How to Perfect your Seam Allowance
Have you ever sewn pieces of fabric together and wondered why they didn't measure what you thought they would? Or have you found yourself trimming blocks to make sure everything fits together correctly? Well, my friend, I've been there too. And lo and behold, it was because of my seam allowance.
Your seam allowance is arguably one of the most critical parts of piecing a quilt. If you are making any sort of pattern/design that has multiple size pieces, your seam allowance is what allows all of your pieces to fit together like a puzzle. If your seam allowance isn't correct, then things my not fit together as nicely as they should. This tutorial will help you test your seam allowance so that your sewing is as accurate as possible. :)
Pattern featured above is "Getaway" found here.
What is a Seam Allowance?
Your seam allowance is the area that is in between the edge of your fabric and your seam. It will eventually be hidden on the underside of your quilt top and within your quilt. In quilting, there is an assumed standard seam allowance of 1/4". This means that there is 1/4" of fabric in between your seam and the edge of your fabric.
What is a Scant 1/4" Seam Allowance?
Good question! A scant 1/4" seam allowance accounts for the width of your thread and the fold of your fabric. Depending on a few different factors, you might need to use a scant 1/4" seam allowance, which is just a teeny tiny bit smaller than 1/4". To read more about a scant 1/4" seam allowance, check out this blog post.
What factors can affect my Seam Allowance?
There are several things that can play into your seam allowance. It's not so much about using the same exact seam allowance for every single project, but it's more about assessing how these factors affect your results and making small changes as needed.
- The Pattern or Piecing Technique - Before you start any new project or technique, it's always important to try a test block first. For example, your seam allowance will likely need to vary slightly if you are sewing 10 strips together versus only sewing 3 strips together. The more pieces that are in a block, the more likely it is that you'll need to use a scant 1/4". Hence why Deco, Interwoven, Rhythm and Knitted Star all suggest a scant 1/4" seam. These patterns have blocks that have lots of piecing so there are many opportunities for your seam allowance to become "off" in the process. Not to mention, if you have more seams in a block, that's more fabric that is "eaten up" by that thread. With only two seams in a block, this might not be so noticeable, but it can really add up when you add more pieces. There are also certain piecing techniques, such as "stitch and flip" or the snowball technique that would benefit from a scant 1/4" seam as well.
- Thread Thickness - 50 weight, 2 ply thread is typically preferred for piecing. If you sew with 40 weight thread or anything thicker, you will likely notice an effect on the accuracy of your seam allowance. A thicker thread will "eat up" more of your fabric and affect the overall size of your finished piece.
- Pressing Direction - Generally speaking, pressing your seams open will give you a more accurate measurement than pressing a seam to one side. This is because when you press your seam to one side, the fabric has a higher chance of creating a larger fold around the seam (see below). Open seams are generally flatter and thus more accurate. If you are wanting to press your seam to one side, be sure that the nose of your iron gently gets into the seam so that there is a minimal fold around the thread. I've also noticed that things like a wool pressing mat and tailor's clapper really help with flat seams. If you're pressing all of your seams to one side, you might need to slightly decrease your seam allowance to account for the thread-width and fold of fabric.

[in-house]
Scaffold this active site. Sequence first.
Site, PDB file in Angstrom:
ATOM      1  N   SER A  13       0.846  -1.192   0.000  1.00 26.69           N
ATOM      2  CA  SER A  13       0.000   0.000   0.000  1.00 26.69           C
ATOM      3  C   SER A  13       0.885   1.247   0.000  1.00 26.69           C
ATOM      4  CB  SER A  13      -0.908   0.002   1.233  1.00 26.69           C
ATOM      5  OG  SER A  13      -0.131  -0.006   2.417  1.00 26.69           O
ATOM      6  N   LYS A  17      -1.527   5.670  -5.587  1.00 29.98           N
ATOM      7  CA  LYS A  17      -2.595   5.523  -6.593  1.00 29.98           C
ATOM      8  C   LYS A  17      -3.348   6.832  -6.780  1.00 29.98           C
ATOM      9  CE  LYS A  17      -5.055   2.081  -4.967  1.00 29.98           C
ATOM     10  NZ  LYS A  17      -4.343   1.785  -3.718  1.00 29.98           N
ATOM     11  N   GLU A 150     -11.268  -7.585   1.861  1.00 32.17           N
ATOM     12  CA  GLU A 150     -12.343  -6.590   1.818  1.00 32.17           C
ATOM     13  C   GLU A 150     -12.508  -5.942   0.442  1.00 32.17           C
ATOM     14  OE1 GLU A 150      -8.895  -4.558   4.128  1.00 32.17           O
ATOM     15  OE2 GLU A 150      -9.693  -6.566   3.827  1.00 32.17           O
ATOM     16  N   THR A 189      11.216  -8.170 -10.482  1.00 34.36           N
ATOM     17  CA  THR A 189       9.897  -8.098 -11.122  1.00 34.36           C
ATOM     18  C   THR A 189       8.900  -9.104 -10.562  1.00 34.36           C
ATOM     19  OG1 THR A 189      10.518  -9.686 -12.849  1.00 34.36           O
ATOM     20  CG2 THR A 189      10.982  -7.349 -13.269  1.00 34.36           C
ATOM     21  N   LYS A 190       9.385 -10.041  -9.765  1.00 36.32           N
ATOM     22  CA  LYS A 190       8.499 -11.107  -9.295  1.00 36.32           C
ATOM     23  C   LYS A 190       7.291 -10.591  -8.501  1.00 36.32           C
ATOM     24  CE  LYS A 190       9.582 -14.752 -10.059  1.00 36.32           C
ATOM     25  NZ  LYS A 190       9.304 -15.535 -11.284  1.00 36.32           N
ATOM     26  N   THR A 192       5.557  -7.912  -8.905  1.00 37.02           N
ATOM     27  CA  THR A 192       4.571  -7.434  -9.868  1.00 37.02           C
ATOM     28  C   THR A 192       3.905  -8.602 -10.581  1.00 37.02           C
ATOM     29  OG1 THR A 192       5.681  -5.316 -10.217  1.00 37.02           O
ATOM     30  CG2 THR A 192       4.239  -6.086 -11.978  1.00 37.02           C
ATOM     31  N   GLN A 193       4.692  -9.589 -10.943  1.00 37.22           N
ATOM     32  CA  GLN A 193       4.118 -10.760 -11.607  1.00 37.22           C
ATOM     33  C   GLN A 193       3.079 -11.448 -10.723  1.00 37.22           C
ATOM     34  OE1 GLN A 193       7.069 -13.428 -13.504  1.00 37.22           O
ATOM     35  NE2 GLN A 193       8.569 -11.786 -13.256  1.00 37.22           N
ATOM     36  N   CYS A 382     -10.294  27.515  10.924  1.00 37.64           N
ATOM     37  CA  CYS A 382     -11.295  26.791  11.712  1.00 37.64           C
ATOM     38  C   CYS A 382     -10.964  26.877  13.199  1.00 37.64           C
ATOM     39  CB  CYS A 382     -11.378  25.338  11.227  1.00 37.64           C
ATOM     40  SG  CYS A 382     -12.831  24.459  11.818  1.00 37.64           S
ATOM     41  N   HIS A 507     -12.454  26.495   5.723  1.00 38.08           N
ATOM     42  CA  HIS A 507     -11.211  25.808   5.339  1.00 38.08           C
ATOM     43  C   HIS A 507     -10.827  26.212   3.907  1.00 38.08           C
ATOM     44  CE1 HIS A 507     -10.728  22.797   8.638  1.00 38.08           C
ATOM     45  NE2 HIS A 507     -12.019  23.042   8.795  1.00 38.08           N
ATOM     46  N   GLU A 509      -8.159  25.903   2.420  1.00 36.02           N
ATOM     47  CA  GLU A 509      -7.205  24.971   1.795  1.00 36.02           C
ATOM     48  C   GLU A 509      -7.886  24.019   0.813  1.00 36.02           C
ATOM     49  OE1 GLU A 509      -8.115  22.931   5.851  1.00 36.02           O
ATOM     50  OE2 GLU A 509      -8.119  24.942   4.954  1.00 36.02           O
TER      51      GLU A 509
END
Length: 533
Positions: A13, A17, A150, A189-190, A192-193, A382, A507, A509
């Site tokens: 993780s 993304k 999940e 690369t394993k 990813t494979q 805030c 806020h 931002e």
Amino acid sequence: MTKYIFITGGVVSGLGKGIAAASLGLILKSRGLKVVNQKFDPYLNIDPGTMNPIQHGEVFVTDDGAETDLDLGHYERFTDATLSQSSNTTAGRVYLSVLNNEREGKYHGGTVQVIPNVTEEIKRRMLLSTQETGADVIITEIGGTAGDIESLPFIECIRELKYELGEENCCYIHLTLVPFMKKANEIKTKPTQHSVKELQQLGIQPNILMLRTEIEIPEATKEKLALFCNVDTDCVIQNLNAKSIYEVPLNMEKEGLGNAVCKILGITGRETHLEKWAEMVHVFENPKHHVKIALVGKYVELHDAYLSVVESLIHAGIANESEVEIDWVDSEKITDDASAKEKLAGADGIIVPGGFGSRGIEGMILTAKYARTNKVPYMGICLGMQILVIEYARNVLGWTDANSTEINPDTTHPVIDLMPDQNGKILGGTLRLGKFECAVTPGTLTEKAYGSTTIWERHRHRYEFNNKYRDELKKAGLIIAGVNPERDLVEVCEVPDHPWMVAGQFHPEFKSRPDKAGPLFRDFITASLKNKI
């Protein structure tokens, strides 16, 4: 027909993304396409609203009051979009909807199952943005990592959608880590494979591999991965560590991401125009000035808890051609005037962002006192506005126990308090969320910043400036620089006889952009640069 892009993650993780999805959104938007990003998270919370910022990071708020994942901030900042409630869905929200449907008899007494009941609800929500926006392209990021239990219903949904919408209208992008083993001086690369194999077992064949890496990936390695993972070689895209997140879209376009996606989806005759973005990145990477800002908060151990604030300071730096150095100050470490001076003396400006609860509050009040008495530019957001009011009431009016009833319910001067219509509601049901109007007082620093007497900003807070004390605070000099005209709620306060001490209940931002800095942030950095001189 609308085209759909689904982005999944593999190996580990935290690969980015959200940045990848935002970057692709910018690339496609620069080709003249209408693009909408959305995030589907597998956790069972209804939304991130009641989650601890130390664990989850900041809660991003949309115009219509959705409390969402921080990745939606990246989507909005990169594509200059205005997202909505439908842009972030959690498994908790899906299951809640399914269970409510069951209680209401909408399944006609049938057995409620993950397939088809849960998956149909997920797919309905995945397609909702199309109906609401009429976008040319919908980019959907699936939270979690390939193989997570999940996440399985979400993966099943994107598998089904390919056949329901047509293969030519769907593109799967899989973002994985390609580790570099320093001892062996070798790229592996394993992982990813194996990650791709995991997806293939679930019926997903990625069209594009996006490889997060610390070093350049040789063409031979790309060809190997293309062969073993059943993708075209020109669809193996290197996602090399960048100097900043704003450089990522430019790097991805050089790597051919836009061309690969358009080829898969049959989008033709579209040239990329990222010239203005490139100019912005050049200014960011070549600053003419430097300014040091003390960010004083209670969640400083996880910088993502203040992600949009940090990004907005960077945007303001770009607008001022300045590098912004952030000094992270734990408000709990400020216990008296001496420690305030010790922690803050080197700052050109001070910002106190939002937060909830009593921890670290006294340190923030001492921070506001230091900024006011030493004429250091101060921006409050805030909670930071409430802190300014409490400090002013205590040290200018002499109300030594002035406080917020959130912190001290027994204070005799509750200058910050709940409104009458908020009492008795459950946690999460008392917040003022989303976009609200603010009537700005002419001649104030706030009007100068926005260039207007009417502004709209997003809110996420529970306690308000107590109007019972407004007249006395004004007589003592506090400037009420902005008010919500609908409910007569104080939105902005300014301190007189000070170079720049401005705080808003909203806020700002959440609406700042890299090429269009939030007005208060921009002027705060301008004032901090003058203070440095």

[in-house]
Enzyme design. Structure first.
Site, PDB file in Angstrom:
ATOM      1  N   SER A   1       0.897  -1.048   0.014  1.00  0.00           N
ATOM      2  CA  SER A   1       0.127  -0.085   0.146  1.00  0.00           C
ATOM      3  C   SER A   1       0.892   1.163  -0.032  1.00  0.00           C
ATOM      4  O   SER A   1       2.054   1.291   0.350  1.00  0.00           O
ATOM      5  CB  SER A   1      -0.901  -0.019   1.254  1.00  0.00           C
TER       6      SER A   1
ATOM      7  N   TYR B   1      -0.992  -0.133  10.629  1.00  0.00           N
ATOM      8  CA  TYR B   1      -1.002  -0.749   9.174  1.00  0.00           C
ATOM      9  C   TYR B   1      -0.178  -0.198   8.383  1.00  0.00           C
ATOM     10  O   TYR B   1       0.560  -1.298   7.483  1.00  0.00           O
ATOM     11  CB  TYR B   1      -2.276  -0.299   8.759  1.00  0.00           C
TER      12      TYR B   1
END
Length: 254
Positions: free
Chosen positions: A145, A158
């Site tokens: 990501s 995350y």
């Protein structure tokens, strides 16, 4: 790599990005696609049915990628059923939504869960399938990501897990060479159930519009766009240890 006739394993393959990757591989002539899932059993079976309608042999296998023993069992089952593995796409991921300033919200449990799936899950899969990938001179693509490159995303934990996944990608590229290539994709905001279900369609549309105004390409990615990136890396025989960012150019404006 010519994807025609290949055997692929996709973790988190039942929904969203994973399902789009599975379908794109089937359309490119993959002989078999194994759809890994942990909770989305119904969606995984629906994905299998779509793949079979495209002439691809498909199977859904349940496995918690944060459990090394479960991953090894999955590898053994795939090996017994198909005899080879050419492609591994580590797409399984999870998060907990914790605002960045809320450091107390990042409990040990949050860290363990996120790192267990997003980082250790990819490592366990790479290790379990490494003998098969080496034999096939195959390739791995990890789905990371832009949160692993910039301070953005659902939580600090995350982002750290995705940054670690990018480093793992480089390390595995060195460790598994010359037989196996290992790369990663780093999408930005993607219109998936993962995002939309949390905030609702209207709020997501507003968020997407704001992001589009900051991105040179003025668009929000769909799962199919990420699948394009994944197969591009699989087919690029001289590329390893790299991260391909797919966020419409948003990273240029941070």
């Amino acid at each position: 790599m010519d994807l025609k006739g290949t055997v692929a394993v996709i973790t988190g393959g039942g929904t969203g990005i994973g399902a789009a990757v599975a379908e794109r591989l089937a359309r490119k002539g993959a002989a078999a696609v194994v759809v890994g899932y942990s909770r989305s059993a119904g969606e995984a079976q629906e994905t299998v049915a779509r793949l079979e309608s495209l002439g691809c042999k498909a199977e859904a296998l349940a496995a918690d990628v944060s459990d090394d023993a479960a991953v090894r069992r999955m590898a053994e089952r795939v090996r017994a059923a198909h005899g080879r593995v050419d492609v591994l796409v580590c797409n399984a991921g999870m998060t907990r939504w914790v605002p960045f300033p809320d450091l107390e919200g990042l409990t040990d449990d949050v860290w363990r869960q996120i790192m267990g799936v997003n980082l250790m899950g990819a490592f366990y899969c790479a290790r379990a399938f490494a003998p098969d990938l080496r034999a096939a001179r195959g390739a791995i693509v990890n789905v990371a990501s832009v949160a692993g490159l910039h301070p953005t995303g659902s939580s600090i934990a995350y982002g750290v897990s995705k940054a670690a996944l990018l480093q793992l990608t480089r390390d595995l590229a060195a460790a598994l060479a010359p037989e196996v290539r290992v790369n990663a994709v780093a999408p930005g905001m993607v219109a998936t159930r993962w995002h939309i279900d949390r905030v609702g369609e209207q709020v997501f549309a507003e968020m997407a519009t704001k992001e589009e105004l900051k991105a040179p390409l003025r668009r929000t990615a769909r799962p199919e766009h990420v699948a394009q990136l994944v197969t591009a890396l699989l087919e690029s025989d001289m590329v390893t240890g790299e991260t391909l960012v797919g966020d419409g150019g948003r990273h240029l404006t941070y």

- Fabric Thickness - You might notice that you have to adjust your seam allowance with thicker fabrics. I notice a slight difference between using Art Gallery and Kona Solids. Kona seems to be a little more stiff and thick, meaning that slightly more fabric may get "eaten up" by the seam allowance. This means that you might need to make a tiny adjustment to your seam allowance based on what fabrics are in your project.
How do you Test your Seam Allowance?
It's always best to test your seam allowance before each project, especially if you are using a new technique or a different kind of fabric/thread that you may not normally use. There are a few variables that can effect your seam allowance with the main one being how many pieces are in your block. Because of this, it's always helpful to test your seam allowance based on the pattern that you are working on. Sewing 10 strips together is a lot different than sewing 3 strips together, remember?
So let's do a little experiment, shall we?
Sew two 2.5" strips together.
2.5" plus 2.5" is 5" but because of your seam allowance, your piece should end up measuring smaller than that. If you are using a 1/4" seam allowance, you'll subtract 1/4" from each piece, meaning your unit should then measure 4.5".
With this logic, any time you are testing a seam allowance, you can add up the starting size of your pieces (often referred to as unfinished size), then subtract 1/2" for each seam allowance (since there are two fabrics in the seam, each with 1/4").
Use this equation with any size pieces that you sew together. For each seam allowance, subtract 1/2".
So say you're making a quilt block that has (5) 2.5" strips in it.
(5) x 2.5" is 12.5".
Subtract 1/2" for each seam (there are 4 seams, so you'll be subtracting 2".
So your sewn piece should measure 10.5". If you zoom in, mine is actually just a smidge small on the right, but I call this good enough. :)
It's also best for this experiment to press your seams according to how the quilt pattern instructs you to. Some patterns call for pressing seams to one side to create "nesting seams" while others call for pressing seams open. Remember that this can affect the overall measurement of your pieces so if you plan to press to one side, it's helpful to see how that plays a role.